Adele has sparked an online debate regarding cultural appropriation after posting a photo of her wearing a traditional African hairstyle.
On Sunday, the singer shared an image of herself on Instagram wearing a Jamaican flag bikini top, a feather headdress and her hair in Bantu knots to celebrate Notting Hill Carnival, which this year became a virtual event due to the coronavirus pandemic.
“Happy what would be Notting Hill Carnival my beloved London,” she wrote in the caption.
While some praised Adele for celebrating Caribbean culture, others accused her of cultural appropriation, with one person writing: “If 2020 couldn’t get anymore bizarre, Adele is giving us Bantu knots and cultural appropriation that nobody asked for.
“This officially marks all of the top white women in pop as problematic. Hate to see it.”
But, what exactly are Bantu knots and why has Adele been criticised for wearing them? Here is everything you need to know.
What are Bantu knots?
According to Naturally Curly – an online resource for women with natural and textured hair – Bantu knots are a traditional African hairstyle that has been around for more than 100 years.
Typically worn as a protective hairstyle for women with Afro-textured hair, the style is made by twisting sections of the hair until it forms a knot.
The South Africa History Organisation (SAHO) states that the term Bantu is used to describe 300 to 600 ethnic groups within southern Africa that spoke the Bantu language.
Today, the hairstyle remains a staple for many black women and has been sported by celebrities such as Lauryn Hill, Rihanna and Yara Shahidi.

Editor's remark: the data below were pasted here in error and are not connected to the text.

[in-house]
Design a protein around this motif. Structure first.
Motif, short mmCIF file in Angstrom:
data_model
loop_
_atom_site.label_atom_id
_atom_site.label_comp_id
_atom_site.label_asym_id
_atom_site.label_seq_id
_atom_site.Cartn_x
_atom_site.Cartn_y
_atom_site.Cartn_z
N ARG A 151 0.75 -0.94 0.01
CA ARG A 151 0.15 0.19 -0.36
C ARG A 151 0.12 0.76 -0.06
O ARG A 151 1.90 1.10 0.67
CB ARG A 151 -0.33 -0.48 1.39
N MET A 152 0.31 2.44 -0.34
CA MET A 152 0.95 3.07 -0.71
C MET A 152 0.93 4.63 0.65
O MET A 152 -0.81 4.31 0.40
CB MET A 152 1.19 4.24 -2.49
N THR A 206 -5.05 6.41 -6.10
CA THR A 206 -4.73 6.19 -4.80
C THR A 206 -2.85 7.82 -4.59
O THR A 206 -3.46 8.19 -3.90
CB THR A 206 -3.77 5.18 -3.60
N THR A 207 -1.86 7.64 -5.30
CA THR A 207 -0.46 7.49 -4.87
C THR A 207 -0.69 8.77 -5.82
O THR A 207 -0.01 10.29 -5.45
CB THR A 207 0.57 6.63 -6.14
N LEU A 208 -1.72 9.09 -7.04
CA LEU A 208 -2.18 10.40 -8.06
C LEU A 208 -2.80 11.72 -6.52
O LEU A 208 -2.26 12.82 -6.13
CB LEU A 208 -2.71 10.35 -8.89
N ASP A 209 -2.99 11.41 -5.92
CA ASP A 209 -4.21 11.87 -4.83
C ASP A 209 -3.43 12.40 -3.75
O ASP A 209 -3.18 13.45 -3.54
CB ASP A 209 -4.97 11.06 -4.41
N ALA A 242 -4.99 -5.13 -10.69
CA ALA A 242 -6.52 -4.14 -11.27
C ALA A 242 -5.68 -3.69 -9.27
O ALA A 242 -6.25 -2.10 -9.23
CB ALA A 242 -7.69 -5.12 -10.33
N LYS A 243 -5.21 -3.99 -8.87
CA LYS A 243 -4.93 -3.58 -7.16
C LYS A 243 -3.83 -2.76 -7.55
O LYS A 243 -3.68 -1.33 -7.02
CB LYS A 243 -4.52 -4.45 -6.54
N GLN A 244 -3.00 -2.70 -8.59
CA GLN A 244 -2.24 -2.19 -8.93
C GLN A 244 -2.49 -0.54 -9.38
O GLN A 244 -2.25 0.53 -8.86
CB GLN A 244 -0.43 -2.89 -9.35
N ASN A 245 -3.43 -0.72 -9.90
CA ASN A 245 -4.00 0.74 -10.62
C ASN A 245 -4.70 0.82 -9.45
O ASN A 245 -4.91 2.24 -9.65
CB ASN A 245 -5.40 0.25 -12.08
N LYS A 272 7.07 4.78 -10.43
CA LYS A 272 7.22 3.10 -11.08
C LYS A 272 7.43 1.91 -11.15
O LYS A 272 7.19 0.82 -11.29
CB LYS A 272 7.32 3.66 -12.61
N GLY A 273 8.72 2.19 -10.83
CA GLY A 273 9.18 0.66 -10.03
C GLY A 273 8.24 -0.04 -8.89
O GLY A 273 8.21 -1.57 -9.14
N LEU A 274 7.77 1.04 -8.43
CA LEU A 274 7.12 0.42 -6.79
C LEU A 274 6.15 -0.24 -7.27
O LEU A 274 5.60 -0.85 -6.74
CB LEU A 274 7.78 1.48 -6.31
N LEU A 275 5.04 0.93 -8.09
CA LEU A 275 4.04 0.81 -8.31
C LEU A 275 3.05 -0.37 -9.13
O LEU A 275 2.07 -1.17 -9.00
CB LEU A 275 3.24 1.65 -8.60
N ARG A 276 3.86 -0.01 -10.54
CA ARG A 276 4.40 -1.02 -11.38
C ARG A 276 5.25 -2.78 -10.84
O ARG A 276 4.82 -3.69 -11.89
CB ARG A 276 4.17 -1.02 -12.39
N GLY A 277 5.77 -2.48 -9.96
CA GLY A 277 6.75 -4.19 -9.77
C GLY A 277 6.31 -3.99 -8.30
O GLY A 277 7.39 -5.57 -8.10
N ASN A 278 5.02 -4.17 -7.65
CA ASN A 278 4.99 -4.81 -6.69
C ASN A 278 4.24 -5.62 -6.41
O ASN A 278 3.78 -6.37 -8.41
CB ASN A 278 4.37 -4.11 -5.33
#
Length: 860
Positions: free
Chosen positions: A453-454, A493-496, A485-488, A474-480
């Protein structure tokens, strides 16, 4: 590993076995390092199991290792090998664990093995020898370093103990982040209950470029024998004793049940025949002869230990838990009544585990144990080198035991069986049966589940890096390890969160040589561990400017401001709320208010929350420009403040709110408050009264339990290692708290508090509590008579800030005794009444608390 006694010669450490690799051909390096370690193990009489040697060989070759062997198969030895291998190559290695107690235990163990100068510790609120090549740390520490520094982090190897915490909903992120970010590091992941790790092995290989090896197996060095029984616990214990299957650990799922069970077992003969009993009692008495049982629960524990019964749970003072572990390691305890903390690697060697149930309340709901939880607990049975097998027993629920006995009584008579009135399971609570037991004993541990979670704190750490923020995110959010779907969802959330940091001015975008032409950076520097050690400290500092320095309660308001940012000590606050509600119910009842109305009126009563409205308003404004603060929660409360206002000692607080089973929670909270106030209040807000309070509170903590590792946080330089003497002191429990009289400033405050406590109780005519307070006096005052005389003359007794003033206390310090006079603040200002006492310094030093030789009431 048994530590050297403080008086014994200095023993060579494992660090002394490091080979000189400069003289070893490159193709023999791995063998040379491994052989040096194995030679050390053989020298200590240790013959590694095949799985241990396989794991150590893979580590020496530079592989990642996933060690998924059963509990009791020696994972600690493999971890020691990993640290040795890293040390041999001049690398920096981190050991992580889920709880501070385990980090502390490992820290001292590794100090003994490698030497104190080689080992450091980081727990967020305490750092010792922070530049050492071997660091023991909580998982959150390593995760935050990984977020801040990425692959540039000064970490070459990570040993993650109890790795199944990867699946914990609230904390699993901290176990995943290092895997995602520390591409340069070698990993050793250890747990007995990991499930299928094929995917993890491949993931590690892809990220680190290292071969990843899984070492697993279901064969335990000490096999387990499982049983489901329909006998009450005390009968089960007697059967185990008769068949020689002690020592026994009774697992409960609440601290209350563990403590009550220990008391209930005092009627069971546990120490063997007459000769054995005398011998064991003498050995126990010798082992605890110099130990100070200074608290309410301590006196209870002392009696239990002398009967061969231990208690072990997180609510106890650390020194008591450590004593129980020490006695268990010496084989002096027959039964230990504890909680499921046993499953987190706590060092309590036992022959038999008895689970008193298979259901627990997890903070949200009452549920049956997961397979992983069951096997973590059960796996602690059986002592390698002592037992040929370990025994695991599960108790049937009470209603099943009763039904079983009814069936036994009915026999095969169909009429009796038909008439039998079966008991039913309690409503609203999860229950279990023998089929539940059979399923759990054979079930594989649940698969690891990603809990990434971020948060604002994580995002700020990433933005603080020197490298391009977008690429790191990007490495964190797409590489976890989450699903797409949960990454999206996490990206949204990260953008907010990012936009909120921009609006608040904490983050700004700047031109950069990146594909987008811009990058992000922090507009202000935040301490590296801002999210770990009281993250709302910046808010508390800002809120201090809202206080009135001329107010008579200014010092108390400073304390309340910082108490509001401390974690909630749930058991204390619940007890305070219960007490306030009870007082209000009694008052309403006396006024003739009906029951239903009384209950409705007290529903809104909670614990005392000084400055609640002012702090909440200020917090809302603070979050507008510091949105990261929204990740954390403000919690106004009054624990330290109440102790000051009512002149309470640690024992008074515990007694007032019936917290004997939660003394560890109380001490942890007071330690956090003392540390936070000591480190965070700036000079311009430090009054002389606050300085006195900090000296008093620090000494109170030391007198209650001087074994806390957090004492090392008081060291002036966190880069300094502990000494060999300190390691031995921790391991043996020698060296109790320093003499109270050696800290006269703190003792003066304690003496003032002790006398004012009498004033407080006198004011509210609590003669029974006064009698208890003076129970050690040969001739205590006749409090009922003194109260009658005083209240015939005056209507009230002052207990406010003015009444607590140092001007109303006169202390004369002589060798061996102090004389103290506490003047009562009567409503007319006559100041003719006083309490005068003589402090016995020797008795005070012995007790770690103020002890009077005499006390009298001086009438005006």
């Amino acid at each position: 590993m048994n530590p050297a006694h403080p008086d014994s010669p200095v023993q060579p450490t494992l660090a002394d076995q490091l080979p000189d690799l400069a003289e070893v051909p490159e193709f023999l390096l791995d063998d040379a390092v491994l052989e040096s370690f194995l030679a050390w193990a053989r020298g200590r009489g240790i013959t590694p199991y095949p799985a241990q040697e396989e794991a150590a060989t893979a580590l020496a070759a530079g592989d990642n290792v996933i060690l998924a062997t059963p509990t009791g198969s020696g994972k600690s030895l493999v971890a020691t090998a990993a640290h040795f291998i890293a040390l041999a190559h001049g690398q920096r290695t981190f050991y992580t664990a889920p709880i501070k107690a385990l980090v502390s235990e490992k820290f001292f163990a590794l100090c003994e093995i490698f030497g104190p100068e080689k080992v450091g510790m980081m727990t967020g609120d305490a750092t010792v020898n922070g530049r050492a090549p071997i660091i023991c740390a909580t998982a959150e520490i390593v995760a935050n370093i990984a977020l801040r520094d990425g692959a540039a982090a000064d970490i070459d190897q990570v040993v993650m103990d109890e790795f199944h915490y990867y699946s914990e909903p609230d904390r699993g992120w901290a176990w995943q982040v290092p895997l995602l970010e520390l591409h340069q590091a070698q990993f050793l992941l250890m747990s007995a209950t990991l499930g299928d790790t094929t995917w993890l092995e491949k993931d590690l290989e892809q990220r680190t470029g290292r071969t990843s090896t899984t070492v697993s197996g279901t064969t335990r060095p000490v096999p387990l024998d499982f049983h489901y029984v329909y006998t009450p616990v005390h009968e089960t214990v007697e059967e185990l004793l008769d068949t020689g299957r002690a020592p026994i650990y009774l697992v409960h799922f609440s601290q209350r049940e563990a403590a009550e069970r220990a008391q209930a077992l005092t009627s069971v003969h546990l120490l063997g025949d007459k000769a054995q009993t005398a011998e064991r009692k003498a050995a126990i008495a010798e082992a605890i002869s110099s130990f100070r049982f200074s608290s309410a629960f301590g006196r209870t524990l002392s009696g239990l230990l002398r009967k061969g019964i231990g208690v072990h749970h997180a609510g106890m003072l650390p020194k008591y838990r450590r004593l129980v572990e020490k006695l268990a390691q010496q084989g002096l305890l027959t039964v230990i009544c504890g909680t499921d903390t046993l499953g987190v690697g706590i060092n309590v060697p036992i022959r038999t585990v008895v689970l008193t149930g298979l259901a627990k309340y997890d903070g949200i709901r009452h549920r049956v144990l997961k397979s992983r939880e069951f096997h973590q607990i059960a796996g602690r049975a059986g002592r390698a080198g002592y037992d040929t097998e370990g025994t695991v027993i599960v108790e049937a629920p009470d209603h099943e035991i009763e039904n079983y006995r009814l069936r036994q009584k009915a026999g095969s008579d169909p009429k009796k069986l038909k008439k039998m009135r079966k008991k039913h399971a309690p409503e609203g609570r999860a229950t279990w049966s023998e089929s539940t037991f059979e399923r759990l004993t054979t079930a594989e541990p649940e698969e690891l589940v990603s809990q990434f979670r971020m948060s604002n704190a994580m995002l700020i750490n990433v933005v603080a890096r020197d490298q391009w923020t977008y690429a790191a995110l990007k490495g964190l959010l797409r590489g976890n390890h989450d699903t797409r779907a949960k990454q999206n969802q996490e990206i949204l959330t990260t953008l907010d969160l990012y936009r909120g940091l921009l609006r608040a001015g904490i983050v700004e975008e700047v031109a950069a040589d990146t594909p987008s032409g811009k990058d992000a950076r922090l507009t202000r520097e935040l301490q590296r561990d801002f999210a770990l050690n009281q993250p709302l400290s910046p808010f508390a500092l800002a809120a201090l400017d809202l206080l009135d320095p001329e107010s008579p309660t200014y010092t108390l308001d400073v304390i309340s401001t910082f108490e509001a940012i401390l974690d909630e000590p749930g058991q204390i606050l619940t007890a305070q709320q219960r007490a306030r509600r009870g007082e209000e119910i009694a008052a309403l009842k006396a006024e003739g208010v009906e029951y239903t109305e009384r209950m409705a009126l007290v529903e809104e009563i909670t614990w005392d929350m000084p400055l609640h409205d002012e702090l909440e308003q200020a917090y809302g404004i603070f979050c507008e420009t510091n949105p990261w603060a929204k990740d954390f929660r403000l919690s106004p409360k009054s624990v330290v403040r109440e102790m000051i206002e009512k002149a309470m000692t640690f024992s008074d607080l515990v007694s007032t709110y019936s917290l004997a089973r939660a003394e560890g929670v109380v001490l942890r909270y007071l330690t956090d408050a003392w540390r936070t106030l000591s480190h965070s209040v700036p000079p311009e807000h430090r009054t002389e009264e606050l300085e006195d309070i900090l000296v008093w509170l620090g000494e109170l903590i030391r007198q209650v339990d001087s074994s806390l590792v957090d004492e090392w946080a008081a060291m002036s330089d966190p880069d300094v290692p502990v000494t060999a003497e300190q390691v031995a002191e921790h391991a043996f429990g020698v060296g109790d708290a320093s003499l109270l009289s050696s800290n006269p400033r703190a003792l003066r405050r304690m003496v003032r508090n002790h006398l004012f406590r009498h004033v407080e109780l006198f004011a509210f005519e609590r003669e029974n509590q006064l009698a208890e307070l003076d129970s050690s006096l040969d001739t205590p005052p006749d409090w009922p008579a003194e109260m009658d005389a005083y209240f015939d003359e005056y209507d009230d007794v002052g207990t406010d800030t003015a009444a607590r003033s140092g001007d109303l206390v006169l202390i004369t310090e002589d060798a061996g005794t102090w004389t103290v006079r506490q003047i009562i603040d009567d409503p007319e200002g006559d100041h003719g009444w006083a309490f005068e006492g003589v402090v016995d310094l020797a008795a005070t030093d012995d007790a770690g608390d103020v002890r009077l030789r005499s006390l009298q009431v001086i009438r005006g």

Why is Adele being criticised for wearing the hairstyle?
Oxford English Dictionary defines the term cultural appropriation as: “The unacknowledged or inappropriate adoption of the customs, practices, ideas, etc. of one people or society by members of another and typically more dominant people or society.”
One of the main issues of white people wearing culturally black hairstyles is that it is taking from a culture they do not belong to and by seemingly claiming it as their own, they run the risk of erasing the originators of the style.
Similarly, many black hairstyles come with a painful history of discrimination and this is something that still exists today. On 1 January 2020, a new law came into effect in California making discrimination against natural hair in the workplace and schools illegal.
The legislation, called the CROWN Act, stated: “Professionalism was, and still is, closely linked to European features and mannerisms, which entails that those who do not naturally fall into Eurocentric norms must alter their appearances.
“The legislature recognises that continuing to enforce a Eurocentric image of professionalism through purportedly race-neutral grooming policies that disparately impact black individuals and exclude them from some workplaces is in direct opposition to equity and opportunity for all.”
And earlier this year in the UK, campaign group No More Exclusions, which is predominantly led by black and minority ethnic teachers and parents, reported that black girls are frequently being sent home from school for having braids in their hair.
Have other celebrities been accused of cultural appropriation?
Bantu knots specifically have been appropriated by a number of high profile celebrities over the years including Khloé Kardashian who, in 2016, posted a photo of herself wearing the hairstyle on social media. The image sparked outrage due to the fact that she gave no recognition to the history of the hairstyle.
The fashion industry also has a long history of appropriating black culture and in 2015, Bantu knots were rebranded as “twisted mini buns” when they were worn by models on the Marc Jacobs runway.
Kim Kardashian has faced accusations of appropriation several times, including in March 2020 when she shared a photo of herself wearing Fulani braids. Most recently at Comme des Garçons’ men’s Paris Fashion Week show, the brand faced criticism after models wore cornrow wigs.
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